CALIFORNIA PRIMARY: MILLIONS OF VOTE-BY-MAIL BALLOTS ARE STILL UNCOUNTED, WILL ALTER THE FINAL COUNT
By DAWN PAPPLE
A non-partisan Field Poll estimated that more Californians would vote by mail in the California primary than would vote at a polling location, L.A. Times announced Wednesday morning. Setting a new record for primary voting, more voters in California are believed to have voted using the mail-in method than voted Tuesday at polling locations. L.A. Times says that California’s primary has become more like an “election week” than an election day.
Over half of all registered voters in California (53 percent) are registered to vote with a ballot that they fill out at their leisure and drop into the mailbox instead of feeding into the ballot box. In total, 8 million voters are believed to have participated in California’s primary, and those who have chosen to vote by mail had until the election day to get their ballots postmarked. Any ballot postmarked by Tuesday, June 6, will be counted and included in the official count.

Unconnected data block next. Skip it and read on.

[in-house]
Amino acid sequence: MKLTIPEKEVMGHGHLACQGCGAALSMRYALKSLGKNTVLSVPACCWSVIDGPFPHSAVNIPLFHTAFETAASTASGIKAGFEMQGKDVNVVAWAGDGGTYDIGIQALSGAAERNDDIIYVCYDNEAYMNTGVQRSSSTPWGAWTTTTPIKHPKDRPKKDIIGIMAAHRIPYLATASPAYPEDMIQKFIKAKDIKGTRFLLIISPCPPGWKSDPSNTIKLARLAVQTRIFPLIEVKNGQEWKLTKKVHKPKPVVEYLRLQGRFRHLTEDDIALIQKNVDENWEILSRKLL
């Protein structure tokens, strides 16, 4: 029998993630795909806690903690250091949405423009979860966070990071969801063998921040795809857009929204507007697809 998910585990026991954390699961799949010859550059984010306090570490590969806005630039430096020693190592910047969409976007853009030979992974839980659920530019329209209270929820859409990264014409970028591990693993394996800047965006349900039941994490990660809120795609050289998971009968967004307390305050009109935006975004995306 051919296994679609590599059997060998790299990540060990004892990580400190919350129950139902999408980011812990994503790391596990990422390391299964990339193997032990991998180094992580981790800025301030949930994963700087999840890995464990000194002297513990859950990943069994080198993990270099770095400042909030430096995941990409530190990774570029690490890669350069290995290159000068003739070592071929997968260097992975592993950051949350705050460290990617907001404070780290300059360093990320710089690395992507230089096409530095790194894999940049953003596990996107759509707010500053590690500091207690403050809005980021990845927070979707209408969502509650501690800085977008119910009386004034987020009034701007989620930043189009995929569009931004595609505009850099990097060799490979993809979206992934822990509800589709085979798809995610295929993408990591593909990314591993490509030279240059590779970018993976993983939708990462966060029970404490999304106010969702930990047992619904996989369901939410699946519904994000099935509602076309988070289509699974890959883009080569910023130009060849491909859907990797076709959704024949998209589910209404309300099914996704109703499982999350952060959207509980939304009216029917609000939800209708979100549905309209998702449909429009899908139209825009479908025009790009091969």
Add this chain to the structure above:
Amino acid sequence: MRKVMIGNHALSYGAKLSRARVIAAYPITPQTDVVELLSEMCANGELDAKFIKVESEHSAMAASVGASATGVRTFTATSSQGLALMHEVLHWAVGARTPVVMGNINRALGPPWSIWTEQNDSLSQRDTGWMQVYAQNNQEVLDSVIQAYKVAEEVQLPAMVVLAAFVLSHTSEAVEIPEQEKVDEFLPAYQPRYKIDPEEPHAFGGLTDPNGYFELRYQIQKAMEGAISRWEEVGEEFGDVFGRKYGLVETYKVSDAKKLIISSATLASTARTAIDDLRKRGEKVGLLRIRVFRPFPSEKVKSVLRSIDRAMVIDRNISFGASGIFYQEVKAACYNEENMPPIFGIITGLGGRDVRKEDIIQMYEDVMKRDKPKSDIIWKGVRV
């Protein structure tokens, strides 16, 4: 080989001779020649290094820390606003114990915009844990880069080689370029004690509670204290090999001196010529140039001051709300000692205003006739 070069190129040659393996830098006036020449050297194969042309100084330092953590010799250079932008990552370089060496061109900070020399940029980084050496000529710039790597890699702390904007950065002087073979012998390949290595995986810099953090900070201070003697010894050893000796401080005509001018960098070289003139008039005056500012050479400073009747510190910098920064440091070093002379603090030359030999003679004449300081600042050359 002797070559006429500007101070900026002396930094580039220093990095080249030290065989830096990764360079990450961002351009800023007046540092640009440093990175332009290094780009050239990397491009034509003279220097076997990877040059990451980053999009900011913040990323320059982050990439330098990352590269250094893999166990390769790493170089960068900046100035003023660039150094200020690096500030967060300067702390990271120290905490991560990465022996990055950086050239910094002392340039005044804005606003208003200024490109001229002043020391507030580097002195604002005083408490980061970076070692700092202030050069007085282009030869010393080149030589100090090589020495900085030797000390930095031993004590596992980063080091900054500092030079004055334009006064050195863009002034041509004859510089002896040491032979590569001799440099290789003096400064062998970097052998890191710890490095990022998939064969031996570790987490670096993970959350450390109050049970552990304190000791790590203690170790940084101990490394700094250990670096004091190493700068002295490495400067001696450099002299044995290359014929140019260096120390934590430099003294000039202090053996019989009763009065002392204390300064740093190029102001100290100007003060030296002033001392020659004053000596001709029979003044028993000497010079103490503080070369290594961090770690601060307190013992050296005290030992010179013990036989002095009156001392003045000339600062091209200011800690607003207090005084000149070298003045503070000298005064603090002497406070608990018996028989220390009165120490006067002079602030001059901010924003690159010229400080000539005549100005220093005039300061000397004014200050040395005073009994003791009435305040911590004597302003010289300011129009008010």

“Vote-by-mail ballots that are mailed must be postmarked on or before Election Day and received by your county elections office no later than 3 days after Election Day.”
Although the Associated Press declared 100 percent of districts reporting as of Wednesday, the reality is that ballots from vote-by-mail voters in California haven’t even all been delivered by the mail carrier to their destinations yet. So far, just over 5 million votes are accounted for, but 8 million total voters were anticipated, according to The Field Poll. Nearly 3 million ballots might still be up in the air, soon to be counted.
This figure of 3 million votes left to still be counted was also announced by the independent analysts for Target Book. Traditionally, those ballots that aren’t counted by the time the AP announces the anticipatory winners tend to be the ballots of young Democratic voters and Latino voters.